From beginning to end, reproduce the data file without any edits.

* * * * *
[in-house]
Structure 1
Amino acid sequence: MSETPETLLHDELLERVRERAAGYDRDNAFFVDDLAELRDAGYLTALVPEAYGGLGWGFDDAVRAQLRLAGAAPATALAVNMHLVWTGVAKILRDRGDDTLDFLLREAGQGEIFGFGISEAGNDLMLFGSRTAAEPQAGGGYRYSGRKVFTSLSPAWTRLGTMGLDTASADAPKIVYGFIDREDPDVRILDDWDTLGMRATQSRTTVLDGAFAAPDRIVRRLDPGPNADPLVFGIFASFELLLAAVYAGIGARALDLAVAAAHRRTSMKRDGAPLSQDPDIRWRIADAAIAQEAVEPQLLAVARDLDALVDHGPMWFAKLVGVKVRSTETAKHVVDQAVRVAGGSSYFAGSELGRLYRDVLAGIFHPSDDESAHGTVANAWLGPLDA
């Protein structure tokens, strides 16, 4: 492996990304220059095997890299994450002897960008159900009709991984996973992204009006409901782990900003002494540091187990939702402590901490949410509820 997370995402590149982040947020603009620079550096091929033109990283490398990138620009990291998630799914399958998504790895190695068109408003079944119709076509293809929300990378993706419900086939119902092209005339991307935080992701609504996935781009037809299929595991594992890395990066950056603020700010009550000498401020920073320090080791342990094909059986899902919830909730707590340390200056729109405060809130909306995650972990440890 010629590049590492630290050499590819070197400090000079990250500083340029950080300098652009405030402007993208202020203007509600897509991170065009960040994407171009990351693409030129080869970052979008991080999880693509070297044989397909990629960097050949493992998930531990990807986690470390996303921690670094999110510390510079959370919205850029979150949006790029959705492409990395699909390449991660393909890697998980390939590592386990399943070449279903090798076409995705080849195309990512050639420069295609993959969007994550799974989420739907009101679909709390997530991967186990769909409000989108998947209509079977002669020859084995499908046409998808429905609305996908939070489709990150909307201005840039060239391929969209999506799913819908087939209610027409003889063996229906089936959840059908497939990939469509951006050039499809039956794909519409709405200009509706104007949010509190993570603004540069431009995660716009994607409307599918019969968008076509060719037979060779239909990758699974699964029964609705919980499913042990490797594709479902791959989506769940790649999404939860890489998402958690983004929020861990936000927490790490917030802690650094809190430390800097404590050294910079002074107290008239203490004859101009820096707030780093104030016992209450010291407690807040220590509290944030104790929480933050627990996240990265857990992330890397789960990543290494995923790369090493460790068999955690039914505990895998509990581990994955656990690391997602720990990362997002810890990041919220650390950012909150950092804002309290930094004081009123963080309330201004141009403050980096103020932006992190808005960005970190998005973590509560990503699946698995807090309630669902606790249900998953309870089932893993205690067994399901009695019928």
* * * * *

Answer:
[in-house]
Structure 1
Amino acid sequence: MSETPETLLHDELLERVRERAAGYDRDNAFFVDDLAELRDAGYLTALVPEAYGGLGWGFDDAVRAQLRLAGAAPATALAVNMHLVWTGVAKILRDRGDDTLDFLLREAGQGEIFGFGISEAGNDLMLFGSRTAAEPQAGGGYRYSGRKVFTSLSPAWTRLGTMGLDTASADAPKIVYGFIDREDPDVRILDDWDTLGMRATQSRTTVLDGAFAAPDRIVRRLDPGPNADPLVFGIFASFELLLAAVYAGIGARALDLAVAAAHRRTSMKRDGAPLSQDPDIRWRIADAAIAQEAVEPQLLAVARDLDALVDHGPMWFAKLVGVKVRSTETAKHVVDQAVRVAGGSSYFAGSELGRLYRDVLAGIFHPSDDESAHGTVANAWLGPLDA
């Protein structure tokens, strides 16, 4: 492996990304220059095997890299994450002897960008159900009709991984996973992204009006409901782990900003002494540091187990939702402590901490949410509820 997370995402590149982040947020603009620079550096091929033109990283490398990138620009990291998630799914399958998504790895190695068109408003079944119709076509293809929300990378993706419900086939119902092209005339991307935080992701609504996935781009037809299929595991594992890395990066950056603020700010009550000498401020920073320090080791342990094909059986899902919830909730707590340390200056729109405060809130909306995650972990440890 010629590049590492630290050499590819070197400090000079990250500083340029950080300098652009405030402007993208202020203007509600897509991170065009960040994407171009990351693409030129080869970052979008991080999880693509070297044989397909990629960097050949493992998930531990990807986690470390996303921690670094999110510390510079959370919205850029979150949006790029959705492409990395699909390449991660393909890697998980390939590592386990399943070449279903090798076409995705080849195309990512050639420069295609993959969007994550799974989420739907009101679909709390997530991967186990769909409000989108998947209509079977002669020859084995499908046409998808429905609305996908939070489709990150909307201005840039060239391929969209999506799913819908087939209610027409003889063996229906089936959840059908497939990939469509951006050039499809039956794909519409709405200009509706104007949010509190993570603004540069431009995660716009994607409307599918019969968008076509060719037979060779239909990758699974699964029964609705919980499913042990490797594709479902791959989506769940790649999404939860890489998402958690983004929020861990936000927490790490917030802690650094809190430390800097404590050294910079002074107290008239203490004859101009820096707030780093104030016992209450010291407690807040220590509290944030104790929480933050627990996240990265857990992330890397789960990543290494995923790369090493460790068999955690039914505990895998509990581990994955656990690391997602720990990362997002810890990041919220650390950012909150950092804002309290930094004081009123963080309330201004141009403050980096103020932006992190808005960005970190998005973590509560990503699946698995807090309630669902606790249900998953309870089932893993205690067994399901009695019928």